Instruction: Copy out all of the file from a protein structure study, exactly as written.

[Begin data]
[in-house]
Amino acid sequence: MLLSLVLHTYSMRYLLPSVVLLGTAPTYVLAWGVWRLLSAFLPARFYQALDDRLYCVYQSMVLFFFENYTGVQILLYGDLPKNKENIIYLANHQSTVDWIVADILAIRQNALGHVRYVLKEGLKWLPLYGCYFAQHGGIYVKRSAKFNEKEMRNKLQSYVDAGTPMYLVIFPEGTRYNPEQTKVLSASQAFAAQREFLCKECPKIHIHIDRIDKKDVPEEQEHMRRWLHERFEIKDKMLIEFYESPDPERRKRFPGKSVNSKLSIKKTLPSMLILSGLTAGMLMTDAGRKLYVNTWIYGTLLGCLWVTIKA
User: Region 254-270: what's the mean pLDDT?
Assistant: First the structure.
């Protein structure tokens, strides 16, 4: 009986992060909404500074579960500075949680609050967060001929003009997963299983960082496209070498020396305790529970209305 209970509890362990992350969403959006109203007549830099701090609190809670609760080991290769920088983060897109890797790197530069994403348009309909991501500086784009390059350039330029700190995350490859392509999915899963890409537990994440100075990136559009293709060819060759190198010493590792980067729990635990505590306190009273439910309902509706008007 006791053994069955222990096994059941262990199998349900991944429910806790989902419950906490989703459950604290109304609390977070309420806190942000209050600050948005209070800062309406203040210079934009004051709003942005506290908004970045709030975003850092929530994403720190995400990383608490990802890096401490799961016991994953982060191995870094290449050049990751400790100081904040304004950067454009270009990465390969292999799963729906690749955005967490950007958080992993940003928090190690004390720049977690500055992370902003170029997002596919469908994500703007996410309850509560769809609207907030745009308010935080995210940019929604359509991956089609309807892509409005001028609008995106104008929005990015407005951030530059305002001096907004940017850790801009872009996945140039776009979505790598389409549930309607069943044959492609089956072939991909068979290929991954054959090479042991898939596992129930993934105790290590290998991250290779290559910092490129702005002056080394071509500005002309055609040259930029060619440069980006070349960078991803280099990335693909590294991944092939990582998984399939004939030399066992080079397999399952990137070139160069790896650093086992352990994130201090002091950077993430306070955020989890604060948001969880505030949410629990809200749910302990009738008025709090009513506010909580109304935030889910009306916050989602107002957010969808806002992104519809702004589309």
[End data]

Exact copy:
[in-house]
Amino acid sequence: MLLSLVLHTYSMRYLLPSVVLLGTAPTYVLAWGVWRLLSAFLPARFYQALDDRLYCVYQSMVLFFFENYTGVQILLYGDLPKNKENIIYLANHQSTVDWIVADILAIRQNALGHVRYVLKEGLKWLPLYGCYFAQHGGIYVKRSAKFNEKEMRNKLQSYVDAGTPMYLVIFPEGTRYNPEQTKVLSASQAFAAQREFLCKECPKIHIHIDRIDKKDVPEEQEHMRRWLHERFEIKDKMLIEFYESPDPERRKRFPGKSVNSKLSIKKTLPSMLILSGLTAGMLMTDAGRKLYVNTWIYGTLLGCLWVTIKA
User: Region 254-270: what's the mean pLDDT?
Assistant: First the structure.
């Protein structure tokens, strides 16, 4: 009986992060909404500074579960500075949680609050967060001929003009997963299983960082496209070498020396305790529970209305 209970509890362990992350969403959006109203007549830099701090609190809670609760080991290769920088983060897109890797790197530069994403348009309909991501500086784009390059350039330029700190995350490859392509999915899963890409537990994440100075990136559009293709060819060759190198010493590792980067729990635990505590306190009273439910309902509706008007 006791053994069955222990096994059941262990199998349900991944429910806790989902419950906490989703459950604290109304609390977070309420806190942000209050600050948005209070800062309406203040210079934009004051709003942005506290908004970045709030975003850092929530994403720190995400990383608490990802890096401490799961016991994953982060191995870094290449050049990751400790100081904040304004950067454009270009990465390969292999799963729906690749955005967490950007958080992993940003928090190690004390720049977690500055992370902003170029997002596919469908994500703007996410309850509560769809609207907030745009308010935080995210940019929604359509991956089609309807892509409005001028609008995106104008929005990015407005951030530059305002001096907004940017850790801009872009996945140039776009979505790598389409549930309607069943044959492609089956072939991909068979290929991954054959090479042991898939596992129930993934105790290590290998991250290779290559910092490129702005002056080394071509500005002309055609040259930029060619440069980006070349960078991803280099990335693909590294991944092939990582998984399939004939030399066992080079397999399952990137070139160069790896650093086992352990994130201090002091950077993430306070955020989890604060948001969880505030949410629990809200749910302990009738008025709090009513506010909580109304935030889910009306916050989602107002957010969808806002992104519809702004589309």